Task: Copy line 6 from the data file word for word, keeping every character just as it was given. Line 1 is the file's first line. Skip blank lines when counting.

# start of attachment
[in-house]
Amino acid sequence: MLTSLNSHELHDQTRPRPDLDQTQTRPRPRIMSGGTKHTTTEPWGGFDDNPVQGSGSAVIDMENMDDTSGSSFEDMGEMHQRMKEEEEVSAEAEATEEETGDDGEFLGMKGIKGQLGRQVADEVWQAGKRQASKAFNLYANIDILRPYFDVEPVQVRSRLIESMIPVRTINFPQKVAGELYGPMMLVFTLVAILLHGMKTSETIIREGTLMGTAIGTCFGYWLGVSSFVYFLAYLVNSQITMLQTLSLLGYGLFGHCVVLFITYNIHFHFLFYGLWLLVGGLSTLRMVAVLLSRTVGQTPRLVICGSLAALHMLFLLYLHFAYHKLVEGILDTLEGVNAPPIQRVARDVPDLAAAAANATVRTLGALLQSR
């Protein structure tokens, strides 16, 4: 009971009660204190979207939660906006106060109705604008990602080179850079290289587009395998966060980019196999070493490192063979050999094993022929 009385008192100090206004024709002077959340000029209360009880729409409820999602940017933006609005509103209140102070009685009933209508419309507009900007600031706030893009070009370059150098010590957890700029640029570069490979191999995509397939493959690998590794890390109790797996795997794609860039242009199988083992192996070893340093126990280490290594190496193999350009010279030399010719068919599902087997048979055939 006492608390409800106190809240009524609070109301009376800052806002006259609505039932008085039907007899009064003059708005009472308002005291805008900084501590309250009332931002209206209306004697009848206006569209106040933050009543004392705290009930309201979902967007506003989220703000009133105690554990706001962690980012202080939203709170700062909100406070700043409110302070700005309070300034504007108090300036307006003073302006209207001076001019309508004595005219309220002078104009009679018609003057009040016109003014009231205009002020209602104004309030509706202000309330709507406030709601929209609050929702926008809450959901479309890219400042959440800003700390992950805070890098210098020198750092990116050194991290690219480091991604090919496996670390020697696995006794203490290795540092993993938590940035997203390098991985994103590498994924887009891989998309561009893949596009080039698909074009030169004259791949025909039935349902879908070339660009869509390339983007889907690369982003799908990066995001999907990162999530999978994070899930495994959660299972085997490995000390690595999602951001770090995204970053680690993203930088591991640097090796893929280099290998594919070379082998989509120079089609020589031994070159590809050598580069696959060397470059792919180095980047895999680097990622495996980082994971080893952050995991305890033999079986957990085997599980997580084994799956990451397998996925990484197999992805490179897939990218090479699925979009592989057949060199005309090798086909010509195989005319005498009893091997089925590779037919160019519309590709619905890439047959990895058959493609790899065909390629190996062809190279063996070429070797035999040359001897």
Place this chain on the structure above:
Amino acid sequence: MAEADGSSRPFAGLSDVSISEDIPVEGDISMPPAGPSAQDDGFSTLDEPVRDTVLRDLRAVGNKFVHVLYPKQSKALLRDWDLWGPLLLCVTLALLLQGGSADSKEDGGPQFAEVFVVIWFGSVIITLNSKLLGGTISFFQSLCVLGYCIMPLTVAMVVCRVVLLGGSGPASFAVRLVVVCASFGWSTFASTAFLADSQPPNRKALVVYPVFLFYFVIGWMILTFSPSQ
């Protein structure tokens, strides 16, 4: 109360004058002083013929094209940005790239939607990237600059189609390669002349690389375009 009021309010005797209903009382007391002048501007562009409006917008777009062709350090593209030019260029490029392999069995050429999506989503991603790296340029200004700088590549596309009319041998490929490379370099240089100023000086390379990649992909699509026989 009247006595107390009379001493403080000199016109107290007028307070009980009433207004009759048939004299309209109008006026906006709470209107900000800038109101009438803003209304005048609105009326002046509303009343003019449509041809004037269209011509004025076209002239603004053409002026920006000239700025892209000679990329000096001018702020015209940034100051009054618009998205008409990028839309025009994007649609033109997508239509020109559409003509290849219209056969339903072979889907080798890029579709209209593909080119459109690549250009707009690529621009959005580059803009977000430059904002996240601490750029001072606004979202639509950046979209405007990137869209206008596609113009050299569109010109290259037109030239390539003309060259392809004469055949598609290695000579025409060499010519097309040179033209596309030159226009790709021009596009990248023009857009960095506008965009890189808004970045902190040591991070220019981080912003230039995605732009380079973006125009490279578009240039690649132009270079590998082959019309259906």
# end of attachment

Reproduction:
């Protein structure tokens, strides 16, 4: 109360004058002083013929094209940005790239939607990237600059189609390669002349690389375009 009021309010005797209903009382007391002048501007562009409006917008777009062709350090593209030019260029490029392999069995050429999506989503991603790296340029200004700088590549596309009319041998490929490379370099240089100023000086390379990649992909699509026989 009247006595107390009379001493403080000199016109107290007028307070009980009433207004009759048939004299309209109008006026906006709470209107900000800038109101009438803003209304005048609105009326002046509303009343003019449509041809004037269209011509004025076209002239603004053409002026920006000239700025892209000679990329000096001018702020015209940034100051009054618009998205008409990028839309025009994007649609033109997508239509020109559409003509290849219209056969339903072979889907080798890029579709209209593909080119459109690549250009707009690529621009959005580059803009977000430059904002996240601490750029001072606004979202639509950046979209405007990137869209206008596609113009050299569109010109290259037109030239390539003309060259392809004469055949598609290695000579025409060499010519097309040179033209596309030159226009790709021009596009990248023009857009960095506008965009890189808004970045902190040591991070220019981080912003230039995605732009380079973006125009490279578009240039690649132009270079590998082959019309259906």